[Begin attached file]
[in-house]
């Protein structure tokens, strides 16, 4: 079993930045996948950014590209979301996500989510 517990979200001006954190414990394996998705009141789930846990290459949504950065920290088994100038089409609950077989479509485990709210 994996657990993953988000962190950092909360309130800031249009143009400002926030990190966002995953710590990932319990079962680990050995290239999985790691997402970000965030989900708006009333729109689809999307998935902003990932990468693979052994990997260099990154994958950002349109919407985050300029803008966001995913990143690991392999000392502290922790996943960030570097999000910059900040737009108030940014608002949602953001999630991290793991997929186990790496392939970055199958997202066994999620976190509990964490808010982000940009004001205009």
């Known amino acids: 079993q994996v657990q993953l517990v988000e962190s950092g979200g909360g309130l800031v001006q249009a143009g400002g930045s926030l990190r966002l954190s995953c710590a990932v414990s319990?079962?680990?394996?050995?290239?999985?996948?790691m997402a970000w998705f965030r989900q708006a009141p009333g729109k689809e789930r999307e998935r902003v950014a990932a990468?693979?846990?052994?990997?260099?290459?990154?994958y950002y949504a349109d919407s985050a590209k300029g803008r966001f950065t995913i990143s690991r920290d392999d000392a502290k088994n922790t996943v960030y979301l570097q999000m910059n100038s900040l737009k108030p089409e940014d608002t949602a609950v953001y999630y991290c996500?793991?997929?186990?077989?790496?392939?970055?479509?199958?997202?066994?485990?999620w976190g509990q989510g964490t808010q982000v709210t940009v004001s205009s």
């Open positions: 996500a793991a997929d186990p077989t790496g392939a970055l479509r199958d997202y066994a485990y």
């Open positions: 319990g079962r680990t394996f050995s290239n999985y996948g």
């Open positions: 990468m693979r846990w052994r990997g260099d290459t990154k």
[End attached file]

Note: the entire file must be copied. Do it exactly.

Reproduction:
[in-house]
């Protein structure tokens, strides 16, 4: 079993930045996948950014590209979301996500989510 517990979200001006954190414990394996998705009141789930846990290459949504950065920290088994100038089409609950077989479509485990709210 994996657990993953988000962190950092909360309130800031249009143009400002926030990190966002995953710590990932319990079962680990050995290239999985790691997402970000965030989900708006009333729109689809999307998935902003990932990468693979052994990997260099990154994958950002349109919407985050300029803008966001995913990143690991392999000392502290922790996943960030570097999000910059900040737009108030940014608002949602953001999630991290793991997929186990790496392939970055199958997202066994999620976190509990964490808010982000940009004001205009």
């Known amino acids: 079993q994996v657990q993953l517990v988000e962190s950092g979200g909360g309130l800031v001006q249009a143009g400002g930045s926030l990190r966002l954190s995953c710590a990932v414990s319990?079962?680990?394996?050995?290239?999985?996948?790691m997402a970000w998705f965030r989900q708006a009141p009333g729109k689809e789930r999307e998935r902003v950014a990932a990468?693979?846990?052994?990997?260099?290459?990154?994958y950002y949504a349109d919407s985050a590209k300029g803008r966001f950065t995913i990143s690991r920290d392999d000392a502290k088994n922790t996943v960030y979301l570097q999000m910059n100038s900040l737009k108030p089409e940014d608002t949602a609950v953001y999630y991290c996500?793991?997929?186990?077989?790496?392939?970055?479509?199958?997202?066994?485990?999620w976190g509990q989510g964490t808010q982000v709210t940009v004001s205009s």
């Open positions: 996500a793991a997929d186990p077989t790496g392939a970055l479509r199958d997202y066994a485990y």
């Open positions: 319990g079962r680990t394996f050995s290239n999985y996948g």
């Open positions: 990468m693979r846990w052994r990997g260099d290459t990154k």